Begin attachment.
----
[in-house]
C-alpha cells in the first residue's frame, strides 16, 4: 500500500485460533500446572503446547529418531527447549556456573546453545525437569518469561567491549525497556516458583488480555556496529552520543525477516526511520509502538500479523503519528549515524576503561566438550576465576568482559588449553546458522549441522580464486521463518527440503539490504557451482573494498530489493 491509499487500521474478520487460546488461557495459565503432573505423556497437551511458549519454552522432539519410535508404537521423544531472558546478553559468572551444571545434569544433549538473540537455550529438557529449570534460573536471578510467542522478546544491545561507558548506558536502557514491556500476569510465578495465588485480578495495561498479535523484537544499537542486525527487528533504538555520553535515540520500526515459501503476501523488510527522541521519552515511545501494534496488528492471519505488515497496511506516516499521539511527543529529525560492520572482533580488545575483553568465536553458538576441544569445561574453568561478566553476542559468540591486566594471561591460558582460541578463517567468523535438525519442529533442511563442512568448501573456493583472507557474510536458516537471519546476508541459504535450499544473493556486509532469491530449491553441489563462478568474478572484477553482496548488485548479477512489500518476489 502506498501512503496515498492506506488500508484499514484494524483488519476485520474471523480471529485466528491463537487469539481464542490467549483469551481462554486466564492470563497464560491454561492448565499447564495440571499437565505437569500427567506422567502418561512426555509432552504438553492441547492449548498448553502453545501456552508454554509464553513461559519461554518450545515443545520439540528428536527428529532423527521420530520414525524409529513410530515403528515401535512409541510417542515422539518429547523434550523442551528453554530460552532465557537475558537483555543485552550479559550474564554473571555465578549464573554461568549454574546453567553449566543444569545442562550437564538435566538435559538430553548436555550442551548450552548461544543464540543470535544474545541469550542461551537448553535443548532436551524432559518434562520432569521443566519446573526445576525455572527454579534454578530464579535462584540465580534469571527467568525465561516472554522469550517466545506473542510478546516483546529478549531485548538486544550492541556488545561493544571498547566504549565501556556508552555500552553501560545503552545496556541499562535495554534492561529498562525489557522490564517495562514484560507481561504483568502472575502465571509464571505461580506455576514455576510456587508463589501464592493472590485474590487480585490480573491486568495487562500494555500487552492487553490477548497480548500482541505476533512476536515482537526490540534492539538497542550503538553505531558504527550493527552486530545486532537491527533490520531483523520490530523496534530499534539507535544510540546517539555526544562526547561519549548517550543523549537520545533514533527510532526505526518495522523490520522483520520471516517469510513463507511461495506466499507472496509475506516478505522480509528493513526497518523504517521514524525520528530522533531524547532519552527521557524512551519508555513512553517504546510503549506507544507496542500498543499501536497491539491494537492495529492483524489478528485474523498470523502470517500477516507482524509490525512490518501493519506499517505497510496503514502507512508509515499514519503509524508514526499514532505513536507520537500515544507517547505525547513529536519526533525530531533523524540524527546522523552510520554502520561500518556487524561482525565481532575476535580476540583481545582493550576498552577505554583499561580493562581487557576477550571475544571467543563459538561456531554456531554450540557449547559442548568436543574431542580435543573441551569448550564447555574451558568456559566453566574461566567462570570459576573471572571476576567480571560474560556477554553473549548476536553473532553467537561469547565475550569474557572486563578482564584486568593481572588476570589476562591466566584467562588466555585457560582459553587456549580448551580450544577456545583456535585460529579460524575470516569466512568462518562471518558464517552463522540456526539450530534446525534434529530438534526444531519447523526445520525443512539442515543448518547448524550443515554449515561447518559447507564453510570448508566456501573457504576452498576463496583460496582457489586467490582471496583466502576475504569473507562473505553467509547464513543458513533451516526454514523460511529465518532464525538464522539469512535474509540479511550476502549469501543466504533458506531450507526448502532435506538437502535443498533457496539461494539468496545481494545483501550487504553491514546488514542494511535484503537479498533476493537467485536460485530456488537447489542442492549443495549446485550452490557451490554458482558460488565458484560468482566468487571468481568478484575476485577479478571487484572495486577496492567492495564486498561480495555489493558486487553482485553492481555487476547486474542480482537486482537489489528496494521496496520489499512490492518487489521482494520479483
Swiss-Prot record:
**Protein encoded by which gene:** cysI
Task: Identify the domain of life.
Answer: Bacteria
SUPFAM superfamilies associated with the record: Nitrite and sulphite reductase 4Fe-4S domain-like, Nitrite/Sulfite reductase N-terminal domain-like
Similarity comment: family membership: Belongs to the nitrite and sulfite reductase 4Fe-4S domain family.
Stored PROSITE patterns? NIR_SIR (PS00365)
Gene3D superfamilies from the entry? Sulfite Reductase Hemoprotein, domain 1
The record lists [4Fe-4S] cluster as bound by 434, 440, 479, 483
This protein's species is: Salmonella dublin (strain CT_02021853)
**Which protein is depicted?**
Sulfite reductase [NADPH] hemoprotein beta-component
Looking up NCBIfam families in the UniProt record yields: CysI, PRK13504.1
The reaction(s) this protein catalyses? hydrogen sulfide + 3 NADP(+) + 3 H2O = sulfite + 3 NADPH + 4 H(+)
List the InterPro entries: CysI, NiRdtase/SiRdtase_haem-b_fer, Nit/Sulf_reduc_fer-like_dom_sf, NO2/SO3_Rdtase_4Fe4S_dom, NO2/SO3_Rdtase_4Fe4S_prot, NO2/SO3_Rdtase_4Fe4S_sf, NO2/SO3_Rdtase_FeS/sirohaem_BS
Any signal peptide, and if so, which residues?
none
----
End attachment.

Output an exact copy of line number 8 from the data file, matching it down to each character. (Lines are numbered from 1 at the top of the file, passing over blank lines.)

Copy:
Similarity comment: family membership: Belongs to the nitrite and sulfite reductase 4Fe-4S domain family.